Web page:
The Woven Path | Chapter 5

wyrd 1

Warning: Contains Spoilers!

‘What the heck you scared for?’ he cried. ‘Yer ten times bigger’n me!’

Aufwader’s Thoughts: I once described Dancing Jax as ‘Wyrd Museum for a modern audience’. What I meant was ‘Wyrd Museum was riffing on Hollywood whimsy and British children’s classics first’, and this is where we start to see it.

Ted is a fascinating character. In Mr Jarvis’s handling of that cuddly ball of bile and sarcasm, there is an outright (and, in the mid-90s, not yet tired) rejection of the twee, vaguely Victorian portrayal of talking toys which Robin, and his readers, would have grown up with.

As Ted says to Neil, ‘this ain’t no kindergarten story’. Toys do not wake up on the stroke of midnight, there is no Santa Claus, and sometimes the ghosts of WWII GIs insult your dad to your face and then expect you to bust them out of glass cases. The whole feel of this chapter is more The Magic Toyshop than Winnie the Pooh, and it works extremely well. We kind of hate Ted a little for trampling on our happy childhood dreams, but equally, the possibilities of what might be really going on with him are too intriguing to resist.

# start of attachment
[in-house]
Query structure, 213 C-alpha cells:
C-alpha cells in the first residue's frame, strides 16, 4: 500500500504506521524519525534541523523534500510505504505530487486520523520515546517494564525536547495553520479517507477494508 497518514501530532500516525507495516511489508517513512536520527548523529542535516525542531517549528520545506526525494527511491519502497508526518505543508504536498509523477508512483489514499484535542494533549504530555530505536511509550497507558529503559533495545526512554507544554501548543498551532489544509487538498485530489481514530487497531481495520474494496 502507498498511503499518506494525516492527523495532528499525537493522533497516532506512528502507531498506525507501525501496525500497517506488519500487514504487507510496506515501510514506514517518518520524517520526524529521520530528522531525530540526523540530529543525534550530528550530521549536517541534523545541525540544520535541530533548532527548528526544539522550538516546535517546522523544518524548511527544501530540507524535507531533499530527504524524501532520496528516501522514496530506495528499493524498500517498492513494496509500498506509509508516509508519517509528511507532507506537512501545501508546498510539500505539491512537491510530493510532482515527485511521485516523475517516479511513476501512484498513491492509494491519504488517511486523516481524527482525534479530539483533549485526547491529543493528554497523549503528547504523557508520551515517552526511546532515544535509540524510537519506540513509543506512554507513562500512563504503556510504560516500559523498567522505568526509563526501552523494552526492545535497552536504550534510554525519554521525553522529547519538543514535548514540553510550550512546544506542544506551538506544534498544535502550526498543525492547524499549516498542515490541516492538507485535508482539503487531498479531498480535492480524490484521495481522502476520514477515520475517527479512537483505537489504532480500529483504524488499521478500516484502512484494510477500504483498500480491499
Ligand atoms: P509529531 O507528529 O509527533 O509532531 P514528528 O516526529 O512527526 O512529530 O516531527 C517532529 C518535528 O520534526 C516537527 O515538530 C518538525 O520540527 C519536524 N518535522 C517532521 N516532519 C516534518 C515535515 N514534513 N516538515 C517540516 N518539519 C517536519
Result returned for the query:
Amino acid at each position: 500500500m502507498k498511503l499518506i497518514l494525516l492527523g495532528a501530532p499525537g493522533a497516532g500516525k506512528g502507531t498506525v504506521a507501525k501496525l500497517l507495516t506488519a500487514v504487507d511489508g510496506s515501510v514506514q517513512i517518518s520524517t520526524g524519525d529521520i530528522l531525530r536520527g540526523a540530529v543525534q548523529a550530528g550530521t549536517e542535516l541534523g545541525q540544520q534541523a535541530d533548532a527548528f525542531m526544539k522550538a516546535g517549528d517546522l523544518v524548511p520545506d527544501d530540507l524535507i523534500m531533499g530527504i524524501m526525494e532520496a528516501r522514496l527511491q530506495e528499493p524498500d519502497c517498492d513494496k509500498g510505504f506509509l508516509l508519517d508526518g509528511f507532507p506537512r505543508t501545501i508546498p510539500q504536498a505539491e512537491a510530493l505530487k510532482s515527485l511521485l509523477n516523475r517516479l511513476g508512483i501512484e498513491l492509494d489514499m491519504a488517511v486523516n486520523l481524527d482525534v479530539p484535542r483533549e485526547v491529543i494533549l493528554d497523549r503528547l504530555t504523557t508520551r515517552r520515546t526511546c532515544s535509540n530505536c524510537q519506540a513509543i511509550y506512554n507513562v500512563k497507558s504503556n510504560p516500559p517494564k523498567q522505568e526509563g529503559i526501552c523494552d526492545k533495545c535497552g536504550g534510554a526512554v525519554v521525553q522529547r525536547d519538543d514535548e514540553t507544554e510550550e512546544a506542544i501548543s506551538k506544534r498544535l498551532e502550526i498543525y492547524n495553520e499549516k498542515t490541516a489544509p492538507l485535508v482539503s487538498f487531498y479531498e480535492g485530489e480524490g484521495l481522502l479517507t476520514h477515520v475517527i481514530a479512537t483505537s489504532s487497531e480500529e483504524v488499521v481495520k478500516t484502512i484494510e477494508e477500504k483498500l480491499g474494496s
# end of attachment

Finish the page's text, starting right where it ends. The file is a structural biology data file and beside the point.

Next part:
Matt’s Thoughts: I’m thinking now that if we were to film Wyrd Museum, we’d run into rights issues nowadays given that Ted became the name of the famous Mark Wahlberg talking bear comedy.

But this Ted was around first, and I love the way his smart-talking American sass offsets the spookiness. (After all, if everyone sounded like the Webster sisters, it would run the risk of being a very grandiose book.) It’s pretty clear that our Ted is the soldier from the prologue, but really, the questions this raises are just more tantalising, even if we know that much. Like how did he become a teddy bear? How did he end up in the museum? What will he do if he gets out?

And, on a more sinister note, I’m starting to feel as if there is a villain of this piece, but we don’t know much about them. (It might be the giant cockroach thing on the cover, or it might be something else.) With previous Jarvis novels, we’ve known what the threat was early on, but the vagueness of this one is compelling.

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